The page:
State Key Laboratory of Numerical Modeling for Atmospheric Sciences and
Geophysical Fluid Dynamics (LASG)
Institute of Atmospheric Physics, Chinese Academy of Sciences
Vol. 6/No.6 July 2018
[Climate dynamics] Modulation of the Indian Ocean SST on the Interannual Variability of Heat Source over the Tibetan Plateau in Late Spring
Previous studies have indicated that, as a capacitor of ENSO signals, the Indian Ocean Basin Mode (IOBM) can maintain the boreal winter ENSO signals to spring and summer in the next year, and further modulate the Asian summer monsoon. Meanwhile, the so-called 'sensible heat pump' over the Tibetan Plateau (TP) is also considered to be a key factor that dominates the Asian summer monsoon. Combining these two aspects, a clearer understanding of the Asian monsoon requires us to investigate the relationship between the adjacent plateau heat source and the remote large-scale SST forcing in the Indian Ocean.
Considering the very different background circulation in different stages of ASM onset, traditionally seasonal mean viewpoint on this topic may obscure some important information. Here, by choosing month by month study, we found that, with seasonal evolution from winter to summer and the westerly jet move northward, the surface wind changes its direction after the summer monsoon onset over the Bay of Bengal, and the TP surface sensible heating is closely related to the IOBM signal in May, which is totally different from the case in February-April.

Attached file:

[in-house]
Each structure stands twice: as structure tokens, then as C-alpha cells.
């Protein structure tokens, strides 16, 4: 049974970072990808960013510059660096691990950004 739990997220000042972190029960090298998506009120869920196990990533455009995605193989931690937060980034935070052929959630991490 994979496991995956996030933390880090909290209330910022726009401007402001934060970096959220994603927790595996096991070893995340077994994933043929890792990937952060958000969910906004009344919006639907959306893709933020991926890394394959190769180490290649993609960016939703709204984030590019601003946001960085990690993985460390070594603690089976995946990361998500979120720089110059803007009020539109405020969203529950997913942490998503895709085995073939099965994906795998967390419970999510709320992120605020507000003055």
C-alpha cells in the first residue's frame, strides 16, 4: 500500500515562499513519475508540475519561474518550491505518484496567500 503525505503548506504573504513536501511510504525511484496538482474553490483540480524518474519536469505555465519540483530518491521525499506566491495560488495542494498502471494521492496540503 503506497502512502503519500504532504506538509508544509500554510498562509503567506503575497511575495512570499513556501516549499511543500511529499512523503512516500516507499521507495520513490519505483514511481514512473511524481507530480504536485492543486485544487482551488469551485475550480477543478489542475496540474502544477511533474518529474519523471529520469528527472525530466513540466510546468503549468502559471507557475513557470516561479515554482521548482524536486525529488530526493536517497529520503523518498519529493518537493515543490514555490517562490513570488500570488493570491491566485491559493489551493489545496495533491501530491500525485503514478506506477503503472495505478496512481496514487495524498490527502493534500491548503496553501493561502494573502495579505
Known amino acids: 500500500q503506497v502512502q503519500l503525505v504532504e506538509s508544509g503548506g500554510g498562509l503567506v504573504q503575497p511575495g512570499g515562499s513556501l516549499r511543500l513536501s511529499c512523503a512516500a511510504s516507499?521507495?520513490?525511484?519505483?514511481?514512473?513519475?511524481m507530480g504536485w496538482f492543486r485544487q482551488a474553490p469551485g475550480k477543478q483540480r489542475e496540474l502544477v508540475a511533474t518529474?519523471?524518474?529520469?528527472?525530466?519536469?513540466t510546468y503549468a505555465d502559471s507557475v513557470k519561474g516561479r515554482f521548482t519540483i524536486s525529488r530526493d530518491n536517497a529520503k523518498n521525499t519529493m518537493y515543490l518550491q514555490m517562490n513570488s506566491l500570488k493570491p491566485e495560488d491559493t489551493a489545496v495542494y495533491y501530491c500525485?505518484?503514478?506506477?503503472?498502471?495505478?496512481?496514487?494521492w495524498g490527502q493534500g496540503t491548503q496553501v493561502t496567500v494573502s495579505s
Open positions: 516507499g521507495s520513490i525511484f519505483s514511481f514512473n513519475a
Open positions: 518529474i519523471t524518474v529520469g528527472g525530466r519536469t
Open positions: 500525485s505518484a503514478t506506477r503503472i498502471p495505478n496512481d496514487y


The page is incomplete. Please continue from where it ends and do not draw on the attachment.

Results from both data diagnosis and numerical simulation suggest that, due to the intensified local Hadley cell during the IOBM warm-phase years, the cloud amount, radiation flux and precipitation over the plateau receive significant influence, inducing the significantly intensified in situ surface heat source. This work provides further insight of the intrinsic connection between the remote oceanic forcing and the TP heat source, with emphasis on the land-air-sea interaction of the nature of monsoon and earth climate system.
Figure 1. IOBM-induced circulation behave like a reinforced local Hadley Circulation which arise from the southwestern tropical Indian Ocean, and descend at Bay of Bangle and Southeastern Tibetan Plateau (Red vector).
Figure 2 Indian Ocean Basin Mode (IOBM, bottom left) induces a local Hadley circulation (top panel) which arises from the southwestern tropical Indian Ocean, and descend at Bay of Bangle and Southeastern Tibetan Plateau (bottom right), suppressing local precipitation and cloud volume and further enhancing the surface sensible heat.
Zhao, Y., Duan, A. & Wu, G. Interannual Variability of Late-spring Circulation and Diabatic Heating over the Tibetan Plateau Associated with Indian Ocean Forcing. Adv. Atmos. Sci. (2018) 35: 927. https://doi.org/10.1007/s00376-018-7217-4
Contact: ZHAO Yu, firstname.lastname@example.org
Editors:Wangchuanyi(email@example.com); Zhouwenling(firstname.lastname@example.org); Lisiying(email@example.com)